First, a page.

[tor-relays] Measuring the Accuracy of Tor Relays' Advertised Bandwidths

Rob Jansen rob.g.jansen at nrl.navy.mil
Fri Jul 26 14:18:24 UTC 2019

Hello relay operators!

I am planning on performing an experiment on the Tor network to try to gauge the accuracy of the advertised bandwidths that relays report in their server descriptors. Briefly, the experiment involves running a speed test on every relay for a short time (about 20 seconds). Details follow.

I plan to run the experiment in about 1 week. Relay operators can opt-out of the speed test by replying on this thread, and we will remove you from the list of relays to scan.

Peace, love, and positivity,

Measuring the Accuracy of Tor Relays' Advertised Bandwidths

The capacity of Tor relays (maximum available goodput) is an important metric. Combined with mean goodput, it allows us to compute the bandwidth utilization of individual relays as well as the entire network in aggregate. Generally, capacity is used to help balance client load across relays, and relay utilization rates help Tor make informed decisions about how to allocate resources and prioritize performance and scalability improvements.

Currently, Tor uses a heuristic measure of unknown accuracy to estimate Tor relay capacity. Each relay keeps track of the maximum goodput it has achieved over any 10 second window in a 24 hour period. This is called the "observed bandwidth". Relays take the minimum of their "observed bandwidth" and their bandwidth rate-limiting configuration and reports the result as the "advertised bandwidth" in their server descriptors. We do not know how well the advertised bandwidth estimates the true relay capacity, but we do know that it represents a lower bound on capacity.

The advertised bandwidth significantly underestimates the true capacity of Tor relays. On average, relays with higher true capacities will be more strongly correlated with capacity underestimation (because it will be less likely that fast relays will have sustained their full capacity over a 10 second period).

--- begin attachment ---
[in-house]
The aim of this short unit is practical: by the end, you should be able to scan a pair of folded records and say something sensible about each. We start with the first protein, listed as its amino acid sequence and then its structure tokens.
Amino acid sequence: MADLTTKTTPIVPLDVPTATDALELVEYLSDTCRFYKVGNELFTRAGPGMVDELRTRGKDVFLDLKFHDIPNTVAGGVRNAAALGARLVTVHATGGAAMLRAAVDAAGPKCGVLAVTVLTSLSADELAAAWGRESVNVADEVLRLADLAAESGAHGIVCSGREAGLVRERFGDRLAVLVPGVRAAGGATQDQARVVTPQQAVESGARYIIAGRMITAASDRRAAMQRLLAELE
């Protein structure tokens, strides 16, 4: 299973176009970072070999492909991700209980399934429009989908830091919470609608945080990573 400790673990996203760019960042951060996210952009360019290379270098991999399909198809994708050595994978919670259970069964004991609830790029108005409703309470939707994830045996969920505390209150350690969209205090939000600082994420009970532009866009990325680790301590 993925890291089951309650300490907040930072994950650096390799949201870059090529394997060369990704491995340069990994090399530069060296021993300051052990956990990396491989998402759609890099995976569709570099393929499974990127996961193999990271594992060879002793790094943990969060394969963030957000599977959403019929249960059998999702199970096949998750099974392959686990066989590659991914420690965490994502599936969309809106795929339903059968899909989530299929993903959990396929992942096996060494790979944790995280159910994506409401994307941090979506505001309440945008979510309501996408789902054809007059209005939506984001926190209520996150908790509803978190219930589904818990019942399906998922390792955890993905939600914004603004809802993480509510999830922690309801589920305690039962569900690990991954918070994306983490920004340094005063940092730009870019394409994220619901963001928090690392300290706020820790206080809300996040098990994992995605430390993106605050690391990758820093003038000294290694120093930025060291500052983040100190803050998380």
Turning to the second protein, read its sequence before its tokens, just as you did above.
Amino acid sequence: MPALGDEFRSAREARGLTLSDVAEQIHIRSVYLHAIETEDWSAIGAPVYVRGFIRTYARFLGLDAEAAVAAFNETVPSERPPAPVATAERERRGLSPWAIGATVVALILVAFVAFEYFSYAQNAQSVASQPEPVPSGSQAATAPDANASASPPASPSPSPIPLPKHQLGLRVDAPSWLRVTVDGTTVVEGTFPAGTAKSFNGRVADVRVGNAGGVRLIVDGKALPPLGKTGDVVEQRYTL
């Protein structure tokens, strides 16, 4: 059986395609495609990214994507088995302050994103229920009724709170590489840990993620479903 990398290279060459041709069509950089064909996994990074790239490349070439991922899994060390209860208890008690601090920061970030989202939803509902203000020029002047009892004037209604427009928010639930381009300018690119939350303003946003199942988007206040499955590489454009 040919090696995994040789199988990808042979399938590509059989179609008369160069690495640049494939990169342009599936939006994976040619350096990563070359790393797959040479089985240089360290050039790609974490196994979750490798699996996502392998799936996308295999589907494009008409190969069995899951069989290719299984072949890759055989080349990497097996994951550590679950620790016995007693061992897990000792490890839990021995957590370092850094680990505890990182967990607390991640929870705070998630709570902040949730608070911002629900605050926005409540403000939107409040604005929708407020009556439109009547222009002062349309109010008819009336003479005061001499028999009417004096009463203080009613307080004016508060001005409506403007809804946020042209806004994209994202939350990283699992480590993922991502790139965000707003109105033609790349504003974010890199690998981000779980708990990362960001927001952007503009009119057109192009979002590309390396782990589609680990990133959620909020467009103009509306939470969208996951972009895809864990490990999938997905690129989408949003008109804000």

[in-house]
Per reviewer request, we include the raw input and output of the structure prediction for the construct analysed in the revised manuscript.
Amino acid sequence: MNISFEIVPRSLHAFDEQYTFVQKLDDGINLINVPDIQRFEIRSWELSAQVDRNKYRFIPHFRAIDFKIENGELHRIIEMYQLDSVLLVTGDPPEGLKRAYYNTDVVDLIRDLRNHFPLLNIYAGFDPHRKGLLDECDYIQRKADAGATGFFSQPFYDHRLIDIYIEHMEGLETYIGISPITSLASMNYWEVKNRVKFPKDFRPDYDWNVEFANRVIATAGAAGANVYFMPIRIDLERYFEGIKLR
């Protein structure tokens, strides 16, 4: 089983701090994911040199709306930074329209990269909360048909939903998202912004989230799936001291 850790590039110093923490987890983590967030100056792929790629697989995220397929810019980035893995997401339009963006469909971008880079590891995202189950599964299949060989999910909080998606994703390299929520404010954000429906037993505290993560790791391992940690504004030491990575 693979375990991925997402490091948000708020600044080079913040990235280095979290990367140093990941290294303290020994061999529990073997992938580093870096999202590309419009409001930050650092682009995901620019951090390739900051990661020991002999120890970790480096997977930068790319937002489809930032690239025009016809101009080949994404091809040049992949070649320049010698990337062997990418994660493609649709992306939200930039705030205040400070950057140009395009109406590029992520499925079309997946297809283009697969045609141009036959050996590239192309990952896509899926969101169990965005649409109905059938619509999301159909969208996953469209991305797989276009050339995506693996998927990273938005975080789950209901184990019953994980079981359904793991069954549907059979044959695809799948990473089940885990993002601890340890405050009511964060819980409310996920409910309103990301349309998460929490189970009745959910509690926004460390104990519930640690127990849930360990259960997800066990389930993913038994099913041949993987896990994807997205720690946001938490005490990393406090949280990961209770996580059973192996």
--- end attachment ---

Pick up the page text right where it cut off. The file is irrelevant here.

A relay reports its advertised bandwidth in its server descriptor. To test how well these reported numbers represent the true capacity of a relay, we can manually perform a speed test on the relay by initiating the simultaneous download of several large data streams for a period that exceeds 10 seconds. In the report following our test, the relay will report its advertised bandwidth in its server descriptor and the results will be collected and reported by metrics.torproject.org.

The experiment involves two steps: running the speed test on a relay under our control, and running the speed test on all relays in Tor network.

We will first run the speed test on at least one relay that we control, in order to test that the method is effective and that we can in fact observe a change in the advertised bandwidth reported on metrics.torproject.org. Once we have confidence that our speed test is functioning correctly, and that the metrics pipeline will allow us to gather the results, we will repeat it on all relays in the network.

We will conduct the speed tests while minimizing network overhead. We will use a custom client that builds 2-relay circuits. The first relay will be the target relay we are speed testing, and the second relay will be a fast exit relay that we control. We will initiate data streams between a speedtest client and server running on the same machine as our exit relay.

The setup will look like:

speedtest-client <--> tor-client <--> target-relay <--> exit-relay <--> speedtest-server

All components will run on the same machine that we control except for the target-relay, which will rotate as we test different relays in the network. For each target relay, we plan to run the speedtest for 20 seconds in order to increase the probability that the 10 second mean goodput will reach the true capacity. We will measure each relay over a few days to ensure that our speedtest effects are reported by every relay.

Although we believe that the overhead of this speed test is in line with regular usage, relay operators can opt-out of the speed test by replying on this thread. Those that opt out will be removed from our list of relays to scan.

Following our speedtest, we will analyze the data collected and reported by Tor metrics. We will compared the advertised bandwidth that each relay reports before our experiment to those reported during our experiment. This will help us test our hypothesis that relays' advertised bandwidth underestimates the true capacity of relays. We will run a statistical correlation analysis on the data to test the strength of the correlation between the previously reported (estimated) relay capacity and relay capacity underestimation. We will report our results to the Tor community.

We expect that the results of our experiment will help Tor decide how to allocate resources and will help them plan and prioritize performance improvements. It will also provide insight into the operation of the current load balancing system, which uses advertised bandwidth to produce consensus weights.

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